108 was a magic number even before the Chicago Cubs won the 2016 World Series, ending the "longest championship drought in North American professional sports."
The last time the Cubs won a World Series game was in 1945, on 10/8.
There are 108 doublestitches on a baseball.
In mathematics, 108 is related to the Golden Mean as well as the Fibbonacci sequence, which expresses in mathematical terms the spiral pattern that is evident in nature.
When the Fibonacci sequence is reduced by decimal parity, then its primary sequence, equals 108. (For example: decimal parity reduction of 12 would be 3 [1+2=3], decimal parity reduction of the number 36 would be 9 [3+6=9].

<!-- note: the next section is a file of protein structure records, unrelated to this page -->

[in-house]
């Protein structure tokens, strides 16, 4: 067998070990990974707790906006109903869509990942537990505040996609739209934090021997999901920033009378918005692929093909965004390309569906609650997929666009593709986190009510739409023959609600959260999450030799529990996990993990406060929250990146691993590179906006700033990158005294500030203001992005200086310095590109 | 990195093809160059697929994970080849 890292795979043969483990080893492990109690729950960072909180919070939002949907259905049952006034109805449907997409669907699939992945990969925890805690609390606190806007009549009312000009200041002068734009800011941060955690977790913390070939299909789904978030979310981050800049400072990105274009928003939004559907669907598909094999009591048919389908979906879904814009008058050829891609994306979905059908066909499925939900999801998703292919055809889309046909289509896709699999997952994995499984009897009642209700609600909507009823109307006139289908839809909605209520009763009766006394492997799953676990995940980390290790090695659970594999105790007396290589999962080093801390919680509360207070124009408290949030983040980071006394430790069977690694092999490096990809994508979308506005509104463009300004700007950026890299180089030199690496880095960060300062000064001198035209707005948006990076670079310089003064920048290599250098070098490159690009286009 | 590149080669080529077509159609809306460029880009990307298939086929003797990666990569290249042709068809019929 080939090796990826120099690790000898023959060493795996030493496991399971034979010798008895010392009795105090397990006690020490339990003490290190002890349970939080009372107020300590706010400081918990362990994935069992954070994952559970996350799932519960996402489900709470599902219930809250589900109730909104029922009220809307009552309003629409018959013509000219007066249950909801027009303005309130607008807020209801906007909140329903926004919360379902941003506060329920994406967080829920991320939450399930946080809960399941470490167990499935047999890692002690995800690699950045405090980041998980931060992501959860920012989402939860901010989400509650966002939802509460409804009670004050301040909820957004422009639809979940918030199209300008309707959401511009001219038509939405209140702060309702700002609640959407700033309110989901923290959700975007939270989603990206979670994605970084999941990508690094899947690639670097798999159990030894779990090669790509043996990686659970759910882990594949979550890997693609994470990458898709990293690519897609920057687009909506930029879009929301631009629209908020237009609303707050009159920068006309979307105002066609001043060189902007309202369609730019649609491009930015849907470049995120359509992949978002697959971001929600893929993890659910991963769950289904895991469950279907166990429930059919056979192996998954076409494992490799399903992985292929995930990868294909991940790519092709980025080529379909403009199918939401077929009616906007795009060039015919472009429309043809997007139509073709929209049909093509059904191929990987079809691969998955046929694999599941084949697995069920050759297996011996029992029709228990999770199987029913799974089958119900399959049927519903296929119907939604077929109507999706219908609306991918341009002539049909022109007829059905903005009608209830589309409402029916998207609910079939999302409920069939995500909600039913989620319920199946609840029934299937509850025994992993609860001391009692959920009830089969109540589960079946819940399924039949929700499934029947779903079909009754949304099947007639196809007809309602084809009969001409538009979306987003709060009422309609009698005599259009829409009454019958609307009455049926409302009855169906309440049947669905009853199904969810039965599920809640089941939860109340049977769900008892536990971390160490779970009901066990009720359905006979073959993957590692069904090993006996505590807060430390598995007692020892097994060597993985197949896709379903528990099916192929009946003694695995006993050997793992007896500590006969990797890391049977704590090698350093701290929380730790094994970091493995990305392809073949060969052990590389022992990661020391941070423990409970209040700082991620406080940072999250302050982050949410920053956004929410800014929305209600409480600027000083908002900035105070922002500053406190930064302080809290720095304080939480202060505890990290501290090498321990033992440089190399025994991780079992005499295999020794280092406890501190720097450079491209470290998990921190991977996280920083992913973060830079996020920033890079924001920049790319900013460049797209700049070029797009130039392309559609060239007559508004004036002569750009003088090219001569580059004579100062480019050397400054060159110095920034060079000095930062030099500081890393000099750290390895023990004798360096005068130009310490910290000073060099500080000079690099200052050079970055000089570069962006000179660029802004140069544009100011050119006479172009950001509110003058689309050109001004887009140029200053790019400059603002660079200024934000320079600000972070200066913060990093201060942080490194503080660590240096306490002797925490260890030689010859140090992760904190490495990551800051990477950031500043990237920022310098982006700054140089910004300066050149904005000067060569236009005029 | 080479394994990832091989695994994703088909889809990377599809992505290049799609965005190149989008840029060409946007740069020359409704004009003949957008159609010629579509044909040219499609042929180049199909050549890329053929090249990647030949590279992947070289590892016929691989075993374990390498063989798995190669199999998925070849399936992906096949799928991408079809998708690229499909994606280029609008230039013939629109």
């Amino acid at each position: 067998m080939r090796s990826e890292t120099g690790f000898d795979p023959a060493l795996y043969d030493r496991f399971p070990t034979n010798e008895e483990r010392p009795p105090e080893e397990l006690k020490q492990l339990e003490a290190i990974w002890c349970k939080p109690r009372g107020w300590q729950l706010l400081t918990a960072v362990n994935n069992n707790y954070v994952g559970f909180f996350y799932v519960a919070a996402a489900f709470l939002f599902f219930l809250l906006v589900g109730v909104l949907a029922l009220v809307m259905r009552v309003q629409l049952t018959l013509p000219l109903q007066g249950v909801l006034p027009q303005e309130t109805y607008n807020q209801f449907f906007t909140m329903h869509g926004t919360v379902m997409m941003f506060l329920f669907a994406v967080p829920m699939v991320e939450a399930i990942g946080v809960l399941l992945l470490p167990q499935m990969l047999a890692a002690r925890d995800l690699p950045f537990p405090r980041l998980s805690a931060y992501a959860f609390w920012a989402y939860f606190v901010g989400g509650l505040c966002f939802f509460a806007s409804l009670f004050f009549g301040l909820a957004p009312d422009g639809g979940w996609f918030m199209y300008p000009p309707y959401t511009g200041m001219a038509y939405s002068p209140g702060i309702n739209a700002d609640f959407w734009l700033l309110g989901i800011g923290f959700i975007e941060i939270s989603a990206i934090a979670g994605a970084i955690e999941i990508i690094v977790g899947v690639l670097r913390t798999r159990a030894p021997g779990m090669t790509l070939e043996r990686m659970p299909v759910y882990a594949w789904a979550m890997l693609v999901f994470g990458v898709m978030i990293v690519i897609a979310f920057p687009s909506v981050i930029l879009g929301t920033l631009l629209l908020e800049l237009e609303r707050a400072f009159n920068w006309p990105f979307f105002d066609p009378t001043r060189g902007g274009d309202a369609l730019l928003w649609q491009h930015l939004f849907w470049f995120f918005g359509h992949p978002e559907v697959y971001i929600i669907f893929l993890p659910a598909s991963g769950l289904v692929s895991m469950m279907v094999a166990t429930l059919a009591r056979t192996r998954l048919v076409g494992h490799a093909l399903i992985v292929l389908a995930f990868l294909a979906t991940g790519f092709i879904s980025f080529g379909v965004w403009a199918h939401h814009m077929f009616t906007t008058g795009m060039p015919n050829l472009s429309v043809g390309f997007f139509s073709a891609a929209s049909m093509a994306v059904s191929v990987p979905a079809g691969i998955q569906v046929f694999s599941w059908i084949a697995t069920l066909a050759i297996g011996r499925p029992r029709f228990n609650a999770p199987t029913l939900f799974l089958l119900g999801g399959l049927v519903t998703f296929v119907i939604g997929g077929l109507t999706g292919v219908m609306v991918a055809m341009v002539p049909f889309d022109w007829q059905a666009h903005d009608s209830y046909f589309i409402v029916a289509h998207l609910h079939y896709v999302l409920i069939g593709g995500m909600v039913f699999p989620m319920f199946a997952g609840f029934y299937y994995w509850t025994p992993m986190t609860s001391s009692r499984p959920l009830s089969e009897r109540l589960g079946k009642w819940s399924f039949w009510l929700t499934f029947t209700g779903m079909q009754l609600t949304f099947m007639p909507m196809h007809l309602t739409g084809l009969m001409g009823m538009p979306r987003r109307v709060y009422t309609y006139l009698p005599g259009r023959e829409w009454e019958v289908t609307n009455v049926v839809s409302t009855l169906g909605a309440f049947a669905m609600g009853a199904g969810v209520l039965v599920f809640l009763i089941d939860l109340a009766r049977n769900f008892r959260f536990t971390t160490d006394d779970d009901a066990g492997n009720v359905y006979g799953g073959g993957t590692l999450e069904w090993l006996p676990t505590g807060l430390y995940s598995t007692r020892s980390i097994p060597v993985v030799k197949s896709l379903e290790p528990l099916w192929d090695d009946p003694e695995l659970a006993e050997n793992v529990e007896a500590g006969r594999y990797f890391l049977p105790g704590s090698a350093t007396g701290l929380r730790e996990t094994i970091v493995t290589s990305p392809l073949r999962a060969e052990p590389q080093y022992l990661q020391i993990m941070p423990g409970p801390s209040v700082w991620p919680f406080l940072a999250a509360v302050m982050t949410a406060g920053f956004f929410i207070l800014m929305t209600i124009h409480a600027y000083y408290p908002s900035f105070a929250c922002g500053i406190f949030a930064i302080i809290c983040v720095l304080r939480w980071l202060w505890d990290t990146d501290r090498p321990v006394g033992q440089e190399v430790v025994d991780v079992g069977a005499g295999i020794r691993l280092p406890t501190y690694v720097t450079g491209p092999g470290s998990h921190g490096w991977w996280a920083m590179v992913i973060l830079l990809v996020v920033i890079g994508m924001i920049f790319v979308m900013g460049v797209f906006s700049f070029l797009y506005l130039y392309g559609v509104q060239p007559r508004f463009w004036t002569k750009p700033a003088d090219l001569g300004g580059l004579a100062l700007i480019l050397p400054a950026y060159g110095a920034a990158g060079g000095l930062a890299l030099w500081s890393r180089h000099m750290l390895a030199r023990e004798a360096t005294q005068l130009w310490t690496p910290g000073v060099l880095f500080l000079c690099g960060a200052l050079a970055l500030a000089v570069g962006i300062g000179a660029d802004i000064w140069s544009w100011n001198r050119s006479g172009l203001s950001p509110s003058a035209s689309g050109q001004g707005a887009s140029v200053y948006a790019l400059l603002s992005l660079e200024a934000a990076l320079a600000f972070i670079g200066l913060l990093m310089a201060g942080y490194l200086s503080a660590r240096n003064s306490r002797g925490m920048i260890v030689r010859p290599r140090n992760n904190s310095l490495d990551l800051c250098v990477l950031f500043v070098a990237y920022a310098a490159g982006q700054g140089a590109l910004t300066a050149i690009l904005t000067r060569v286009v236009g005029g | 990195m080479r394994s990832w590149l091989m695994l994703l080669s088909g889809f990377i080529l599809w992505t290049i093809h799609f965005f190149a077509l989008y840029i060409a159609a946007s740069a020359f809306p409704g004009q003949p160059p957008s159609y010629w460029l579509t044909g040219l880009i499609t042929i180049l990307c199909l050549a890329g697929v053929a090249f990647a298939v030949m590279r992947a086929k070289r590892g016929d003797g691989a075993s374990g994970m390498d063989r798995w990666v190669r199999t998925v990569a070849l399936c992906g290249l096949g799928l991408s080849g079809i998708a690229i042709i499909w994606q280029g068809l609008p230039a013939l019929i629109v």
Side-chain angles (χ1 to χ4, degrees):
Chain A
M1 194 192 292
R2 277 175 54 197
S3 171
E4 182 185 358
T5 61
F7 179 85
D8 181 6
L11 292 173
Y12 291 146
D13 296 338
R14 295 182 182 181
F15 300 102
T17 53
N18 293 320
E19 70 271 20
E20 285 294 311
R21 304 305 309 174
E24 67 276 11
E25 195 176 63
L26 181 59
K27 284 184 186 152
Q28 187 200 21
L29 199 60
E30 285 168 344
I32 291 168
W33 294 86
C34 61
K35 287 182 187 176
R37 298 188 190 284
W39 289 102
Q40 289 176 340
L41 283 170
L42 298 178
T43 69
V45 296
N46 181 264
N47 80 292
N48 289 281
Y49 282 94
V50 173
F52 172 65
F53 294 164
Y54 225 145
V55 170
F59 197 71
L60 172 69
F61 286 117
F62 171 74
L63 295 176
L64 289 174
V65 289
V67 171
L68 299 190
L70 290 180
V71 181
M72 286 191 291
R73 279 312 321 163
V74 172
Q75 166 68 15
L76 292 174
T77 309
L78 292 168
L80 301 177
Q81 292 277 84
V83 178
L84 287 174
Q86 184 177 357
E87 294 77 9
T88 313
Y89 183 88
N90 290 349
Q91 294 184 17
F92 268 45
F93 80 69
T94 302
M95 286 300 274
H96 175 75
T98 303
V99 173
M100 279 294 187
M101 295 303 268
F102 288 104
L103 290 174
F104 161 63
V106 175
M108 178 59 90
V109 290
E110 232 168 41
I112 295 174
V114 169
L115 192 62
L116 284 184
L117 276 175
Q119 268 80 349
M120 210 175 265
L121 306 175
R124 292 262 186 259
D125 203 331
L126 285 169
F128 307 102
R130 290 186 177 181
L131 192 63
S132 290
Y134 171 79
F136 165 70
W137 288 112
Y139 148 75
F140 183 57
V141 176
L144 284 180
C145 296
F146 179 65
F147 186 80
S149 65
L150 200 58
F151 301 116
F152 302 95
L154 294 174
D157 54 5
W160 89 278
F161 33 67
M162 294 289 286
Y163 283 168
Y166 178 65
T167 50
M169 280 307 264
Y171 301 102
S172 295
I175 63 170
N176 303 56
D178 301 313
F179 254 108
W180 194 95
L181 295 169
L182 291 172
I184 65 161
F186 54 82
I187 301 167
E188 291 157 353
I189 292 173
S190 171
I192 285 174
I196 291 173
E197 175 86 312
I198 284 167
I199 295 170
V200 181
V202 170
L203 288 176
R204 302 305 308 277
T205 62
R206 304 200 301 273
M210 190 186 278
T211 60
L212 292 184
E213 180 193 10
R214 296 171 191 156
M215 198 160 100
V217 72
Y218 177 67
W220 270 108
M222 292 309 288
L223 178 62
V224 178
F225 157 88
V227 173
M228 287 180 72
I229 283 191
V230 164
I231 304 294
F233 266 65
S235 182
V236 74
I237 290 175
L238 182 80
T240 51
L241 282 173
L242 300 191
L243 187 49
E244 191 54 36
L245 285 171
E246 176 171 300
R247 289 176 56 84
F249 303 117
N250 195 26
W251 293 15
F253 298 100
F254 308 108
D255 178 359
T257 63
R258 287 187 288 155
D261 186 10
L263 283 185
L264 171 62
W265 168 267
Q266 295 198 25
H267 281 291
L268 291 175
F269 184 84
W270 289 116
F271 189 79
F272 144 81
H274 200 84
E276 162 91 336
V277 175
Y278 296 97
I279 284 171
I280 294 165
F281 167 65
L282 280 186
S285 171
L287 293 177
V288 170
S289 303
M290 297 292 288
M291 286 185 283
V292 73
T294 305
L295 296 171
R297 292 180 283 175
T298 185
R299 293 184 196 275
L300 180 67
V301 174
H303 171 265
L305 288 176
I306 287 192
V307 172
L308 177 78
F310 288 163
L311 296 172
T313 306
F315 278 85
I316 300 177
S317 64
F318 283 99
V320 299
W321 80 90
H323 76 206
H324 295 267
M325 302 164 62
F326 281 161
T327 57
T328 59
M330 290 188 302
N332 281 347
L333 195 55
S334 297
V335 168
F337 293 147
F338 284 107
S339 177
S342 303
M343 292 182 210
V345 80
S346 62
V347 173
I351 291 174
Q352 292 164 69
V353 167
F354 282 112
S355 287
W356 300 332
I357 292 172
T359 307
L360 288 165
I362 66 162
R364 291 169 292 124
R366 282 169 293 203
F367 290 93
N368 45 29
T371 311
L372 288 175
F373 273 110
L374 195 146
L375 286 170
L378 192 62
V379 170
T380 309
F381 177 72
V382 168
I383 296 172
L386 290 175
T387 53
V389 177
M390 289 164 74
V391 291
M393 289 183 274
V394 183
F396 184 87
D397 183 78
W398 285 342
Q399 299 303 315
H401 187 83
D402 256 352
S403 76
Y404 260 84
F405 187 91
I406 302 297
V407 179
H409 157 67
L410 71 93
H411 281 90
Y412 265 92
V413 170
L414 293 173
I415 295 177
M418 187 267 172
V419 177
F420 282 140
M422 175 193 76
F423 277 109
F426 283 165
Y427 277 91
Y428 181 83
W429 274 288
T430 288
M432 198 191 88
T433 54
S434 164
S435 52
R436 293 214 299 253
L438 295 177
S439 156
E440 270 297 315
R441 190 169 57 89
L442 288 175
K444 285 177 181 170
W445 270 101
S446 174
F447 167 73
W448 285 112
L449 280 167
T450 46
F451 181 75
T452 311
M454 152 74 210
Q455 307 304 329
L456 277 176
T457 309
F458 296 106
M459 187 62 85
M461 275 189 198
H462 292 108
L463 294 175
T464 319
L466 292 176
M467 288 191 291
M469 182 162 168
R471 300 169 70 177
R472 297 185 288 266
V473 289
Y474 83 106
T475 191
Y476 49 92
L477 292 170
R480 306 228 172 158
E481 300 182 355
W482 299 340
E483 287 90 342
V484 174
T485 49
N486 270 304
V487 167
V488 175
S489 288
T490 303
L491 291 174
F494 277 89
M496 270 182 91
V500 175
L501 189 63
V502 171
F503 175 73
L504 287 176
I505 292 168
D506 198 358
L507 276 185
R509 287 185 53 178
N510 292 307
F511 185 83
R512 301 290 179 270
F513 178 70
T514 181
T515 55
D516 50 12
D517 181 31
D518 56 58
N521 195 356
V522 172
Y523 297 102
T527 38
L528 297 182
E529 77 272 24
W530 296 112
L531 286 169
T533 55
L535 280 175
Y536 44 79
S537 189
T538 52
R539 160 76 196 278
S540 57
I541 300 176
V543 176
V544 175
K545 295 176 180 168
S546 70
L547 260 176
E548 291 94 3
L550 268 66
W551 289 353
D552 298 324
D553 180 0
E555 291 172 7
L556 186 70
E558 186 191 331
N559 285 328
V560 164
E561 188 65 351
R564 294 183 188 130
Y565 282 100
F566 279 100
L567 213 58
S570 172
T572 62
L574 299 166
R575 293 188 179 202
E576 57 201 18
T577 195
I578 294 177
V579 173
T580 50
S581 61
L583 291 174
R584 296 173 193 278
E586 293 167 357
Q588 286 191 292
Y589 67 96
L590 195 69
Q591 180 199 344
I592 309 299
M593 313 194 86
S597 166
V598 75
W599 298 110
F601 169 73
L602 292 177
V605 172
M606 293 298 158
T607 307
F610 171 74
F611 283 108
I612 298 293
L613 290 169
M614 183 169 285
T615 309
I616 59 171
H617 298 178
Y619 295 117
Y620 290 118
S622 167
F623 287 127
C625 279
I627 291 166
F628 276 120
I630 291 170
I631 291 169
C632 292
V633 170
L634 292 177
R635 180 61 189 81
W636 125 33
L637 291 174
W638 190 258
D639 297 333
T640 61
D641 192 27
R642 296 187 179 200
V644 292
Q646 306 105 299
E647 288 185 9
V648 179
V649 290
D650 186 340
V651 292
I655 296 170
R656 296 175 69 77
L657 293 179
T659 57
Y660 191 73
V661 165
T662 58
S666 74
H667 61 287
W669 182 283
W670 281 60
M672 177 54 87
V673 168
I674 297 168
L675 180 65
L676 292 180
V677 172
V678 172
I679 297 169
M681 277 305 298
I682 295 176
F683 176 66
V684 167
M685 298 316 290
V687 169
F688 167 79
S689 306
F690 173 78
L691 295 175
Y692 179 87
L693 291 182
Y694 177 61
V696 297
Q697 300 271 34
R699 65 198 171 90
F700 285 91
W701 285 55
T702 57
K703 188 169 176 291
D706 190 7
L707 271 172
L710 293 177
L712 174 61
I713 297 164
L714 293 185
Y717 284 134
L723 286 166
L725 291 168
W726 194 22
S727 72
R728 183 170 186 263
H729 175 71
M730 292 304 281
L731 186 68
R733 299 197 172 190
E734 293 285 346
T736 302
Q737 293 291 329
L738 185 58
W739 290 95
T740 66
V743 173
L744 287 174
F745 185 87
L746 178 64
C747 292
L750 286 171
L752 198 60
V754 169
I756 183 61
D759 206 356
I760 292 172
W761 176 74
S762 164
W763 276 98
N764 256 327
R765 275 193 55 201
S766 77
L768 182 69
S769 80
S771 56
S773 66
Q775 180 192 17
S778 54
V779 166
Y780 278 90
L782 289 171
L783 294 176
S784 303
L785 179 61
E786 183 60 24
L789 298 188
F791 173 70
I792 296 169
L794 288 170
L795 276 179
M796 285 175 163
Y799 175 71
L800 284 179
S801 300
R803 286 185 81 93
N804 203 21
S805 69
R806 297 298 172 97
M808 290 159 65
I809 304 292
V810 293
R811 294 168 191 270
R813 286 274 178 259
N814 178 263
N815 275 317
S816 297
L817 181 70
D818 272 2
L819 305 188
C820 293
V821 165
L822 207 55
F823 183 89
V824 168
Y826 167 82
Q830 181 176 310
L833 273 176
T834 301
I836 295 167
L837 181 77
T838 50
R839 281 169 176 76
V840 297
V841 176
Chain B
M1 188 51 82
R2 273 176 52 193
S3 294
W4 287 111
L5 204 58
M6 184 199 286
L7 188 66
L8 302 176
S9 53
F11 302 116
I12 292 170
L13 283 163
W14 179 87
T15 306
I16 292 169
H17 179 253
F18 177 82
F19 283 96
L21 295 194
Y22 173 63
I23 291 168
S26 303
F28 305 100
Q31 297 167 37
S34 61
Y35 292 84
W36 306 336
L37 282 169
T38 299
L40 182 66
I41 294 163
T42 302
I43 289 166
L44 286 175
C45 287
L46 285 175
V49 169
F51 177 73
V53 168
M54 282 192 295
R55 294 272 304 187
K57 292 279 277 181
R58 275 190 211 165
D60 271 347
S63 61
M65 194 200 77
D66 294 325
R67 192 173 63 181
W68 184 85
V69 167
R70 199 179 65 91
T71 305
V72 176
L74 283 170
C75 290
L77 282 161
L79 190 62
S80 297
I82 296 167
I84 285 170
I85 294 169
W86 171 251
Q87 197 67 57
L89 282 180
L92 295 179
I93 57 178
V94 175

The inner angle in a regular pentagon is 108 degrees. Home plate is, of course, a pentagon, although not a regular one.
108 is a Harshad number, which is an integer divisible by the sum of its digits. Harshad is from Sanskrit, and means "great joy," which certainly pervaded Wrigley Field on the night of the Cub's historic win.
108 is a sacred number in the Hindu, Sikh and Buddhist spiritual traditions, and the land that Wrigley Field stands on used to be the site of a church and a seminary.
So maybe it really is all about the Church of Baseball, as Susan Sarandon's character notes in Bull Durham.
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